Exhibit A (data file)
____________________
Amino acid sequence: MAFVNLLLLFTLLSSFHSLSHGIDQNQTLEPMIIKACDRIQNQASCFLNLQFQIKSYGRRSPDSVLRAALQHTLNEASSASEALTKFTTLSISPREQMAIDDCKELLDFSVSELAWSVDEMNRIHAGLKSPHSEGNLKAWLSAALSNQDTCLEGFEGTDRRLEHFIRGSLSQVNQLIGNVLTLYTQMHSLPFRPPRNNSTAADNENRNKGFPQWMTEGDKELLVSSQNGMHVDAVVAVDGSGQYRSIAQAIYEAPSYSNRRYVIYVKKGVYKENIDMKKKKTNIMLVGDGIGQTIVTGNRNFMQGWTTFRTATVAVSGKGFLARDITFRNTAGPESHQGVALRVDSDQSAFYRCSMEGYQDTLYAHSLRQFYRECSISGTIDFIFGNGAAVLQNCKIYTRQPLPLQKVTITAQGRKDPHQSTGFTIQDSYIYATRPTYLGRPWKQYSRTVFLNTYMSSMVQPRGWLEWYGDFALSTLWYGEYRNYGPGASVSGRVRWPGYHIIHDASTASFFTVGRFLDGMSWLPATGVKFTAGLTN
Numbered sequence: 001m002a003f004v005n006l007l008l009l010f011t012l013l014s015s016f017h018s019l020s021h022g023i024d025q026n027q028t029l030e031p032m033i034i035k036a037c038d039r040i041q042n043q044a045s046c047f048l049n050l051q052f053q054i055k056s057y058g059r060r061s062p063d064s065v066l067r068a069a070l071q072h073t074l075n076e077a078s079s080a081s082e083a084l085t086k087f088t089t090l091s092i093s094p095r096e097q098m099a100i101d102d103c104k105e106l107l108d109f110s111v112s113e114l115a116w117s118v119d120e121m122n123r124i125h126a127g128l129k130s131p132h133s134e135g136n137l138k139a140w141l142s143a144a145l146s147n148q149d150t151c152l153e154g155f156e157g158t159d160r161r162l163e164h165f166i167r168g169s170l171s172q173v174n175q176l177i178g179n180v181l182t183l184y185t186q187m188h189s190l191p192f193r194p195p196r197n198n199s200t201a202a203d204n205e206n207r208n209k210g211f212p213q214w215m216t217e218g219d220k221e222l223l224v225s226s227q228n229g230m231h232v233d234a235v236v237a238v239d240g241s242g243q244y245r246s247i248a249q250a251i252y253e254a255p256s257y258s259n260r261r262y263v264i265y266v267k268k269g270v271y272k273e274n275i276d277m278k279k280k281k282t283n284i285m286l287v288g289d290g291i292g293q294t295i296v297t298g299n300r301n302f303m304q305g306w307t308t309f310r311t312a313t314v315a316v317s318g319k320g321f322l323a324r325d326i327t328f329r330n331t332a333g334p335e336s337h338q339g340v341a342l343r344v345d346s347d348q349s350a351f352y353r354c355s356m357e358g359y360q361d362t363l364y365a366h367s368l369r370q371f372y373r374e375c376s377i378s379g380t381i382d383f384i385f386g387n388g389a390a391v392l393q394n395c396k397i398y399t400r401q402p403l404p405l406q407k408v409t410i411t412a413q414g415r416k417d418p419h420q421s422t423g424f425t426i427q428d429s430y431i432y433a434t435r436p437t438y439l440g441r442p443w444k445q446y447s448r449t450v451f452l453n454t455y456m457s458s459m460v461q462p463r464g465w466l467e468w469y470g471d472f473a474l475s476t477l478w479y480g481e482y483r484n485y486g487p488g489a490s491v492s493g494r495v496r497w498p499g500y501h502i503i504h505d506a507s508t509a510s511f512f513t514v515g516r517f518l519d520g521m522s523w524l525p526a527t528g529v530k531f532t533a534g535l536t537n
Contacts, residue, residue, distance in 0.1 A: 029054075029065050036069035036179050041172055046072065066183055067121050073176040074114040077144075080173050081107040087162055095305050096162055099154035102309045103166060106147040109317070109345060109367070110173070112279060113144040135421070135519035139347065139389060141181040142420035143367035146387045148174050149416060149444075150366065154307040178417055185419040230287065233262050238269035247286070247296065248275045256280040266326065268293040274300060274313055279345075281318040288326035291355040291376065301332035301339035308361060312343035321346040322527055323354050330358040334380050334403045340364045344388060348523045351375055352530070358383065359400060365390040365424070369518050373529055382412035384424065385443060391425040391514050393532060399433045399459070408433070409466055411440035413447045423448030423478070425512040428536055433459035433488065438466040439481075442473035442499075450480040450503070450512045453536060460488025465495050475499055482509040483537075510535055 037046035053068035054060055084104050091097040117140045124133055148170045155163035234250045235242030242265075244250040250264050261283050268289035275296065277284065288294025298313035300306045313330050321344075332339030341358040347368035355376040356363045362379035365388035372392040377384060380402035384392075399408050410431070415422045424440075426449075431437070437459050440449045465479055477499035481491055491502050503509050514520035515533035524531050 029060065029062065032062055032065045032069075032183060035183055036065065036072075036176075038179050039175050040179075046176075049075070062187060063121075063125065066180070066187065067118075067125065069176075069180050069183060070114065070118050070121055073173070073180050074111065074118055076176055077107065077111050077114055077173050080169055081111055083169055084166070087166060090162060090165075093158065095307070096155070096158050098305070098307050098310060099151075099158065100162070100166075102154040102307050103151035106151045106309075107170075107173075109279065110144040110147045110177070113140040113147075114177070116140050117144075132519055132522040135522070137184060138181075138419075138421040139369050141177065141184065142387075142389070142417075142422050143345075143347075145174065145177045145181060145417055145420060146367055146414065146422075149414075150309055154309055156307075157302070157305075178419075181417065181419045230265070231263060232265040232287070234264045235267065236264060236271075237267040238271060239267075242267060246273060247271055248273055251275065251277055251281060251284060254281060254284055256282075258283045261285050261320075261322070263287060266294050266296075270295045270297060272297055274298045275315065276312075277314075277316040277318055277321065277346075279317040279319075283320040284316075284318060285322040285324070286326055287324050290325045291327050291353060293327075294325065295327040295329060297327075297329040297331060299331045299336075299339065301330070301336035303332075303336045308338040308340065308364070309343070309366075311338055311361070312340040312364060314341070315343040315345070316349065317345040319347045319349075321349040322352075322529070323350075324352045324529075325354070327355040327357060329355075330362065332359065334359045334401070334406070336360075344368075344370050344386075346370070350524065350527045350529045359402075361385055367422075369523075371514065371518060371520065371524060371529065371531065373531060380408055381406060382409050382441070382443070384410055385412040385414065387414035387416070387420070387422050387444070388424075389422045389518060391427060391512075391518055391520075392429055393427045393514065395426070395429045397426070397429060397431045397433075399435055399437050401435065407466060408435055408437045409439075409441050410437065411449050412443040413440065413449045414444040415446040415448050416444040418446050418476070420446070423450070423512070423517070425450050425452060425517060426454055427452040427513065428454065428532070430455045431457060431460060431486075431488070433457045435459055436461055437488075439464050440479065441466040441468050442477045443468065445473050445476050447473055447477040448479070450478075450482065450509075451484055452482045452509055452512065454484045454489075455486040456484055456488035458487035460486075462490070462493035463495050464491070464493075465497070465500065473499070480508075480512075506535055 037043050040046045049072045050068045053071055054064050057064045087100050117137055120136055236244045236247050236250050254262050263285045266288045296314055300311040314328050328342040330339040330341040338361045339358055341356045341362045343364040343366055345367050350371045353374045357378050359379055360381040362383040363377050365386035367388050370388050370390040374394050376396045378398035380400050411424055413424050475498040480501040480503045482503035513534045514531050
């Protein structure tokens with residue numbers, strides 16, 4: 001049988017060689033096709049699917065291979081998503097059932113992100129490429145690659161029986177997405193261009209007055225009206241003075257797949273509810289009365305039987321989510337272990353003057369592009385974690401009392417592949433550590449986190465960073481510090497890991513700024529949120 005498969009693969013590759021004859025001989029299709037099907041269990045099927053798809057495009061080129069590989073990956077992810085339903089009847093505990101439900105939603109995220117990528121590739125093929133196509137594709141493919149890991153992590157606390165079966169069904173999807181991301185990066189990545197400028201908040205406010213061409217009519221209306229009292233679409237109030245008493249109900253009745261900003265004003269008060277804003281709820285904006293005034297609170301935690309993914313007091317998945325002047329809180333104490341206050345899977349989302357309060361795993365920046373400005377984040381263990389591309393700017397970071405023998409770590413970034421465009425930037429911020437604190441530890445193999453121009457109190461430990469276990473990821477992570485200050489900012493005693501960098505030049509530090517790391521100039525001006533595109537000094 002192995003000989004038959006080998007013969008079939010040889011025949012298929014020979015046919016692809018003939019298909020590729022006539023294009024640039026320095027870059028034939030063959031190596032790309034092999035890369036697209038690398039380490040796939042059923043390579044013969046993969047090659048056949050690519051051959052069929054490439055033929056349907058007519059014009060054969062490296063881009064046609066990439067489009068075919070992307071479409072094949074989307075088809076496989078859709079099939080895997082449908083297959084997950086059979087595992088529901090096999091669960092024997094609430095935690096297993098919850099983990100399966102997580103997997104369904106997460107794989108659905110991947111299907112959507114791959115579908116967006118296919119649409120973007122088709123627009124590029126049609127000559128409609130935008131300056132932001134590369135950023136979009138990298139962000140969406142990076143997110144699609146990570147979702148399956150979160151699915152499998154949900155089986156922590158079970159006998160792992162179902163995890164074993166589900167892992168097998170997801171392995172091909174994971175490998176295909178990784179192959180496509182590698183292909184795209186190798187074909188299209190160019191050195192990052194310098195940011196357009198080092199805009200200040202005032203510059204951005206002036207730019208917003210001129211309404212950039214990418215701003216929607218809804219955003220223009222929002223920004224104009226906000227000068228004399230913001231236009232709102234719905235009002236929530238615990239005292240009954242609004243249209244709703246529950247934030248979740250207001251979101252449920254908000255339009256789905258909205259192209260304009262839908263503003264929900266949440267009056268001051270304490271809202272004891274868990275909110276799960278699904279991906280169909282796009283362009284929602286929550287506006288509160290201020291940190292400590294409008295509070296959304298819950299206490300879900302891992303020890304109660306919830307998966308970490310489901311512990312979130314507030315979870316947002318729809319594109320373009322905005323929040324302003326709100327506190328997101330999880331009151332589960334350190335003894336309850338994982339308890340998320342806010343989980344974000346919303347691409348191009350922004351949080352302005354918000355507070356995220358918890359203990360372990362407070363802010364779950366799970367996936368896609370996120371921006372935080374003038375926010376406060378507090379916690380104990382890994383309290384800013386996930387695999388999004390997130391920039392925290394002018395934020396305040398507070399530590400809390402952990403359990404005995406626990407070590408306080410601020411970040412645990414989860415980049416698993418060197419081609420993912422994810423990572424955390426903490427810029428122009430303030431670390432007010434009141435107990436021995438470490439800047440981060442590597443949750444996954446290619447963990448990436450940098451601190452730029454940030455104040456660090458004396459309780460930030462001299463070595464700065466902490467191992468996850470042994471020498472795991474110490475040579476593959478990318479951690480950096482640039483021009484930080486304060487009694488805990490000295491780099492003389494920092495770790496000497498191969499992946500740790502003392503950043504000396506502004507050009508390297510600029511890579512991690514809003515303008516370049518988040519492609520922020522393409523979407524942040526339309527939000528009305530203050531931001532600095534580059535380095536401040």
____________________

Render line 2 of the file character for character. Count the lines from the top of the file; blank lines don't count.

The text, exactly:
Numbered sequence: 001m002a003f004v005n006l007l008l009l010f011t012l013l014s015s016f017h018s019l020s021h022g023i024d025q026n027q028t029l030e031p032m033i034i035k036a037c038d039r040i041q042n043q044a045s046c047f048l049n050l051q052f053q054i055k056s057y058g059r060r061s062p063d064s065v066l067r068a069a070l071q072h073t074l075n076e077a078s079s080a081s082e083a084l085t086k087f088t089t090l091s092i093s094p095r096e097q098m099a100i101d102d103c104k105e106l107l108d109f110s111v112s113e114l115a116w117s118v119d120e121m122n123r124i125h126a127g128l129k130s131p132h133s134e135g136n137l138k139a140w141l142s143a144a145l146s147n148q149d150t151c152l153e154g155f156e157g158t159d160r161r162l163e164h165f166i167r168g169s170l171s172q173v174n175q176l177i178g179n180v181l182t183l184y185t186q187m188h189s190l191p192f193r194p195p196r197n198n199s200t201a202a203d204n205e206n207r208n209k210g211f212p213q214w215m216t217e218g219d220k221e222l223l224v225s226s227q228n229g230m231h232v233d234a235v236v237a238v239d240g241s242g243q244y245r246s247i248a249q250a251i252y253e254a255p256s257y258s259n260r261r262y263v264i265y266v267k268k269g270v271y272k273e274n275i276d277m278k279k280k281k282t283n284i285m286l287v288g289d290g291i292g293q294t295i296v297t298g299n300r301n302f303m304q305g306w307t308t309f310r311t312a313t314v315a316v317s318g319k320g321f322l323a324r325d326i327t328f329r330n331t332a333g334p335e336s337h338q339g340v341a342l343r344v345d346s347d348q349s350a351f352y353r354c355s356m357e358g359y360q361d362t363l364y365a366h367s368l369r370q371f372y373r374e375c376s377i378s379g380t381i382d383f384i385f386g387n388g389a390a391v392l393q394n395c396k397i398y399t400r401q402p403l404p405l406q407k408v409t410i411t412a413q414g415r416k417d418p419h420q421s422t423g424f425t426i427q428d429s430y431i432y433a434t435r436p437t438y439l440g441r442p443w444k445q446y447s448r449t450v451f452l453n454t455y456m457s458s459m460v461q462p463r464g465w466l467e468w469y470g471d472f473a474l475s476t477l478w479y480g481e482y483r484n485y486g487p488g489a490s491v492s493g494r495v496r497w498p499g500y501h502i503i504h505d506a507s508t509a510s511f512f513t514v515g516r517f518l519d520g521m522s523w524l525p526a527t528g529v530k531f532t533a534g535l536t537n